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What Iran's presidential election means for Russia

As Russia’s and Iran’s foreign policies become congruent, Russia looks to Iran’s 2017 elections for clues into their future relationship.
Iran's President Hassan Rouhani (R) welcomes Russia's President Vladimir Putin during the Gas Exporting Countries Forum (GECF) in Tehran, Iran, November 23, 2015. REUTERS/Raheb Homavandi/TIMA  ATTENTION EDITORS - THIS IMAGE WAS PROVIDED BY A THIRD PARTY. FOR EDITORIAL USE ONLY.  - RTX1VGAC
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On Nov. 29, Iranian President Hassan Rouhani and Russian President Vladimir Putin had a phone conversation during which Rouhani noted that cooperation between Moscow and Tehran in fighting terrorism in Syria “had a historic effect” on regional stability. The conversation came a few days after the announcement that Tehran is considering the possibility of letting Moscow use its Hamadan Air Base, which could further boost cooperation between the two states.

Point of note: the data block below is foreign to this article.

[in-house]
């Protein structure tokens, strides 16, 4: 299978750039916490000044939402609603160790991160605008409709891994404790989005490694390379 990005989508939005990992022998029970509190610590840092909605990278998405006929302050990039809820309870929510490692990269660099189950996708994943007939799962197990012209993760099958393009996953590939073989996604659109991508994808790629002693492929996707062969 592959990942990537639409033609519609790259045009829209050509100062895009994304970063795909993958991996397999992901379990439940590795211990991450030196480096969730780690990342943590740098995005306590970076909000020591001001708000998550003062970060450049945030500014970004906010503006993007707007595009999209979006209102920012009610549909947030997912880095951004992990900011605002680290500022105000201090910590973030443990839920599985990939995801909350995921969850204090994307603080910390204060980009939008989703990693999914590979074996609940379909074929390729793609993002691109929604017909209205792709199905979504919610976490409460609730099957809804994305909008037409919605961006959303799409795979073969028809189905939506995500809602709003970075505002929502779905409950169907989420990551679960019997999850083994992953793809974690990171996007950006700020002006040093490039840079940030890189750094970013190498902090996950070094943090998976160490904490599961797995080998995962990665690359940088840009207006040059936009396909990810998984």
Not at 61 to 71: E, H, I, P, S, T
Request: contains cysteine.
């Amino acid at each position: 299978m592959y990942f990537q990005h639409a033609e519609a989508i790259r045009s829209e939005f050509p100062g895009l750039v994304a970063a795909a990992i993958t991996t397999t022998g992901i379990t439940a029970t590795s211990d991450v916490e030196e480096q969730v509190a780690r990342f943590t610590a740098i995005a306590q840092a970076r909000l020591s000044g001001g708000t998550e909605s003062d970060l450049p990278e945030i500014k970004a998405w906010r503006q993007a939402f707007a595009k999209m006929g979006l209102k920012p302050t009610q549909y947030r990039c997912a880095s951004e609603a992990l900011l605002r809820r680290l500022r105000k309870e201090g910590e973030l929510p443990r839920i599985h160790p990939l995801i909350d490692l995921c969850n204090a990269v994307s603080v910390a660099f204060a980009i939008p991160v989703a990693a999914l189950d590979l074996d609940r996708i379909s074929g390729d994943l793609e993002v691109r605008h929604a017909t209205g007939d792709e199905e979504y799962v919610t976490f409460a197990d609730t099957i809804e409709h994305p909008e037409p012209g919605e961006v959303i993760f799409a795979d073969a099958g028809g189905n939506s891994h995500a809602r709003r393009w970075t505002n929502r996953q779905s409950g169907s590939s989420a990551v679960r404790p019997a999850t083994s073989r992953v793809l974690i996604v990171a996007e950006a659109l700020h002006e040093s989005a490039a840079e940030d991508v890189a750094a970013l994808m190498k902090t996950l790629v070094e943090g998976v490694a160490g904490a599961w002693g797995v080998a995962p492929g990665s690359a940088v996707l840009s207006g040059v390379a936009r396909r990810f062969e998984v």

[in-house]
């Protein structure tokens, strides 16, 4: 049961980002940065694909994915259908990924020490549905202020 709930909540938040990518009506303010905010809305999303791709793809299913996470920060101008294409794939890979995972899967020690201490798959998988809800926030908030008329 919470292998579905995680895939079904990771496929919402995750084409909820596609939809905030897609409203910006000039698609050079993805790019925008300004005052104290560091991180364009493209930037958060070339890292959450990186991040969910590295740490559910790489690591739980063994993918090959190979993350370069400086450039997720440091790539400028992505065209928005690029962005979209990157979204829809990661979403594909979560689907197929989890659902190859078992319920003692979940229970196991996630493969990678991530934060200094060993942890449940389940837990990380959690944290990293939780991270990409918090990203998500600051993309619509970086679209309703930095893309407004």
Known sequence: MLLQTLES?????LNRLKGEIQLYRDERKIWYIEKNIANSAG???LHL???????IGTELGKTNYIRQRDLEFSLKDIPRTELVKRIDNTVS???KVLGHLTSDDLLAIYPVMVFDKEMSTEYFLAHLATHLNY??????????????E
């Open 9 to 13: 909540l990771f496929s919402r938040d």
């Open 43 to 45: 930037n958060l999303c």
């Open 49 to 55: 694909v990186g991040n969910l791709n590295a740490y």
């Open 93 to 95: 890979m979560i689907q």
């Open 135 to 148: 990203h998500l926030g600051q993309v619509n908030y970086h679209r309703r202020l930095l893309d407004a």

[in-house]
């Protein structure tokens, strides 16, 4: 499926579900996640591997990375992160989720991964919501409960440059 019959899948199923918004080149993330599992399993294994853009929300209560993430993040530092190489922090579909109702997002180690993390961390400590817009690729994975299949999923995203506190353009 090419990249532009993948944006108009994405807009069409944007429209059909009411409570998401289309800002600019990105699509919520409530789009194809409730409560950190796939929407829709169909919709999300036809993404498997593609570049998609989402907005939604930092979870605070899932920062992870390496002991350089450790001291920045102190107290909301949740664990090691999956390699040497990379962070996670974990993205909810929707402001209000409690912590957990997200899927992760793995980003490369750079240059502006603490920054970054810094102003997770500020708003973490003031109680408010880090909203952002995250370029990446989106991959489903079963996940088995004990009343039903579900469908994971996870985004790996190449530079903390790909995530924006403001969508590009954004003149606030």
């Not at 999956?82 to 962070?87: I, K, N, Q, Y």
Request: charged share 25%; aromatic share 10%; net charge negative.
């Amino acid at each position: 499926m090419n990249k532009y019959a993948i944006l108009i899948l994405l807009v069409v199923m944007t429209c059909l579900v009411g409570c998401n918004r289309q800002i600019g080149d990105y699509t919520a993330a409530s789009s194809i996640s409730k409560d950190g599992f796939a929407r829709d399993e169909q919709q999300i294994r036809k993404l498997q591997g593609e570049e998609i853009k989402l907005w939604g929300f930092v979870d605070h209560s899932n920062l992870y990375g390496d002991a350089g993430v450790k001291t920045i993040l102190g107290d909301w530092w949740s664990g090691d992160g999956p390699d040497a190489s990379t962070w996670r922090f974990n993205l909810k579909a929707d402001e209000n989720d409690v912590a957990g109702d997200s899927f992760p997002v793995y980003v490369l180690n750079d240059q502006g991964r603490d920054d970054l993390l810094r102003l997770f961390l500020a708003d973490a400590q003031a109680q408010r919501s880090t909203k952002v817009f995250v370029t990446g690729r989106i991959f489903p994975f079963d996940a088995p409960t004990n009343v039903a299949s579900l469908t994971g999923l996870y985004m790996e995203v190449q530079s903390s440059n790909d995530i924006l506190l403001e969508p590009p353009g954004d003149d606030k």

Meanwhile, given the history, geopolitics and the current state of the relationship, Russia is particularly watchful of the forthcoming presidential election in Iran. The election may have significant implications for the Middle East and beyond. However, it wouldn’t be an overestimation to argue that for Moscow, the 2017 Iranian election means a lot more than previous elections, as the foreign policies of the two countries are more congruent than in the past.

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